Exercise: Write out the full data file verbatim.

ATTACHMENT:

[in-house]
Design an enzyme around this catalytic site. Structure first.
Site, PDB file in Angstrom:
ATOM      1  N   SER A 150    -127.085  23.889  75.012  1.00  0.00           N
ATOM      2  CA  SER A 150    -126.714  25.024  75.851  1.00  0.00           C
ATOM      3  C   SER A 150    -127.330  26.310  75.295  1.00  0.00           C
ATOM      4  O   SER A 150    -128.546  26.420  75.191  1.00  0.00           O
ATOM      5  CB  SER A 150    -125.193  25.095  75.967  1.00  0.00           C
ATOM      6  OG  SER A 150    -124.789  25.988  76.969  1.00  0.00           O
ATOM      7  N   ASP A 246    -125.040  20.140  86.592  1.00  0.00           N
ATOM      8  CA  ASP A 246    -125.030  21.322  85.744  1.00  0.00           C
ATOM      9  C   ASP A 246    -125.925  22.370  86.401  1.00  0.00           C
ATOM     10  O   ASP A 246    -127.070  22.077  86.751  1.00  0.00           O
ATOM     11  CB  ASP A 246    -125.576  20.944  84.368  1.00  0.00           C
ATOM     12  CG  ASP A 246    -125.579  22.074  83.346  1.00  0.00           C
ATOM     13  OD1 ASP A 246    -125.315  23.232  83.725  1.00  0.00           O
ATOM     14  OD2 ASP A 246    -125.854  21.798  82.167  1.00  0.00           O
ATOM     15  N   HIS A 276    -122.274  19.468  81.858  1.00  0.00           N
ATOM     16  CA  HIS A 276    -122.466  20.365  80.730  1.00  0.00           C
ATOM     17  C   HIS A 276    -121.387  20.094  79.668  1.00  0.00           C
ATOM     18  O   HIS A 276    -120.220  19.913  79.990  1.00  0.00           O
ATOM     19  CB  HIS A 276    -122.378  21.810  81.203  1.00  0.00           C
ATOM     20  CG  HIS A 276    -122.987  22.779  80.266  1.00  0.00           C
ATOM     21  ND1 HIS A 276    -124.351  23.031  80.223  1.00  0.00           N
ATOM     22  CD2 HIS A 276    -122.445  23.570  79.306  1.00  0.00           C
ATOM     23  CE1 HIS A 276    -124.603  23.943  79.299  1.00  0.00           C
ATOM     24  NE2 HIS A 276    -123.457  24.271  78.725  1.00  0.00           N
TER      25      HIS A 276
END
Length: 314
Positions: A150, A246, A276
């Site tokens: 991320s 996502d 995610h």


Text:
[in-house]
Design an enzyme around this catalytic site. Structure first.
Site, PDB file in Angstrom:
ATOM      1  N   SER A 150    -127.085  23.889  75.012  1.00  0.00           N
ATOM      2  CA  SER A 150    -126.714  25.024  75.851  1.00  0.00           C
ATOM      3  C   SER A 150    -127.330  26.310  75.295  1.00  0.00           C
ATOM      4  O   SER A 150    -128.546  26.420  75.191  1.00  0.00           O
ATOM      5  CB  SER A 150    -125.193  25.095  75.967  1.00  0.00           C
ATOM      6  OG  SER A 150    -124.789  25.988  76.969  1.00  0.00           O
ATOM      7  N   ASP A 246    -125.040  20.140  86.592  1.00  0.00           N
ATOM      8  CA  ASP A 246    -125.030  21.322  85.744  1.00  0.00           C
ATOM      9  C   ASP A 246    -125.925  22.370  86.401  1.00  0.00           C
ATOM     10  O   ASP A 246    -127.070  22.077  86.751  1.00  0.00           O
ATOM     11  CB  ASP A 246    -125.576  20.944  84.368  1.00  0.00           C
ATOM     12  CG  ASP A 246    -125.579  22.074  83.346  1.00  0.00           C
ATOM     13  OD1 ASP A 246    -125.315  23.232  83.725  1.00  0.00           O
ATOM     14  OD2 ASP A 246    -125.854  21.798  82.167  1.00  0.00           O
ATOM     15  N   HIS A 276    -122.274  19.468  81.858  1.00  0.00           N
ATOM     16  CA  HIS A 276    -122.466  20.365  80.730  1.00  0.00           C
ATOM     17  C   HIS A 276    -121.387  20.094  79.668  1.00  0.00           C
ATOM     18  O   HIS A 276    -120.220  19.913  79.990  1.00  0.00           O
ATOM     19  CB  HIS A 276    -122.378  21.810  81.203  1.00  0.00           C
ATOM     20  CG  HIS A 276    -122.987  22.779  80.266  1.00  0.00           C
ATOM     21  ND1 HIS A 276    -124.351  23.031  80.223  1.00  0.00           N
ATOM     22  CD2 HIS A 276    -122.445  23.570  79.306  1.00  0.00           C
ATOM     23  CE1 HIS A 276    -124.603  23.943  79.299  1.00  0.00           C
ATOM     24  NE2 HIS A 276    -123.457  24.271  78.725  1.00  0.00           N
TER      25      HIS A 276
END
Length: 314
Positions: A150, A246, A276
């Site tokens: 991320s 996502d 995610h």